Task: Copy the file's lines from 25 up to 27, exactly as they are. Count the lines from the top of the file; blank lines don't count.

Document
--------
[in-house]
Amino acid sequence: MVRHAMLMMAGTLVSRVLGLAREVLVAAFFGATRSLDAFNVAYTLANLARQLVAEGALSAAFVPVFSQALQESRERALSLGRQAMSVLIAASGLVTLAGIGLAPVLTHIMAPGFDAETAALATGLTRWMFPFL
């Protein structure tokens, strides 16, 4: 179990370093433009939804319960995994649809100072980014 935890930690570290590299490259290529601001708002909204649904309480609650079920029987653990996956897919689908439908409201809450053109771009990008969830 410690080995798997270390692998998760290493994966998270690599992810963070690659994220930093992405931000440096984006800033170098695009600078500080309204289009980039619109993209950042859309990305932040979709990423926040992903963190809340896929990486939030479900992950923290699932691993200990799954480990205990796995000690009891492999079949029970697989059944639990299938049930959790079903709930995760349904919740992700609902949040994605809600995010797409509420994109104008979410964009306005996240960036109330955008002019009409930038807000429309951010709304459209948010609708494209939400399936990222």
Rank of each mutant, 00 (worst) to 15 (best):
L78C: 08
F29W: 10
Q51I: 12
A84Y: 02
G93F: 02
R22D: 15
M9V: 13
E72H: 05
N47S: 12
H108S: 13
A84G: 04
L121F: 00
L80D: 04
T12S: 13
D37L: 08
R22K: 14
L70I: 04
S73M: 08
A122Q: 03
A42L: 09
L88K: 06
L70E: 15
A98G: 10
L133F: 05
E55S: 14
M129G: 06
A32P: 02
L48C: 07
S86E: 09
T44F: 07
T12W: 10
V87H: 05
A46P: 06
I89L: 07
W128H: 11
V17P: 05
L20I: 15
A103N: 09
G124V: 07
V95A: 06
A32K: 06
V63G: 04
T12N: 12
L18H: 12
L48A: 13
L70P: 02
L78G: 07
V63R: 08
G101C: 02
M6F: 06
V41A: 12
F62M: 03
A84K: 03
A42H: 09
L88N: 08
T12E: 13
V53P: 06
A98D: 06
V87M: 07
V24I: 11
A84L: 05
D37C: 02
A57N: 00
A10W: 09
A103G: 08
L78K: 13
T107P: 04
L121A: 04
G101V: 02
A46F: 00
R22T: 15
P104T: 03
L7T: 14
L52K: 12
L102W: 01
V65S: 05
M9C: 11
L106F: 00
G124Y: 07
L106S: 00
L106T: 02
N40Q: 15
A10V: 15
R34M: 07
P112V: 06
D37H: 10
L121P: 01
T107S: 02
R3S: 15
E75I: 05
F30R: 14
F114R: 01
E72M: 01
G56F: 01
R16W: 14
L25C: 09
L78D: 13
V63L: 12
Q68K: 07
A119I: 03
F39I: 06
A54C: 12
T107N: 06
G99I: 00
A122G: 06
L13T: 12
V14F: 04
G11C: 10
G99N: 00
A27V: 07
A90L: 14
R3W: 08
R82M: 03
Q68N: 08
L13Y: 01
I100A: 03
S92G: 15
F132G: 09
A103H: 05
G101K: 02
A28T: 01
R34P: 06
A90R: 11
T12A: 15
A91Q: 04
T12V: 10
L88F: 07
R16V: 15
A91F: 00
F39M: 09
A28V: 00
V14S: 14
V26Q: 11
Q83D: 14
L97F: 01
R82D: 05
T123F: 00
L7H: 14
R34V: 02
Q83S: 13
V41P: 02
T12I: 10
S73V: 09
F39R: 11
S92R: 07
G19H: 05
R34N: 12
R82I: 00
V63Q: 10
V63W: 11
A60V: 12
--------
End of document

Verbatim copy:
L88K: 06
L70E: 15
A98G: 10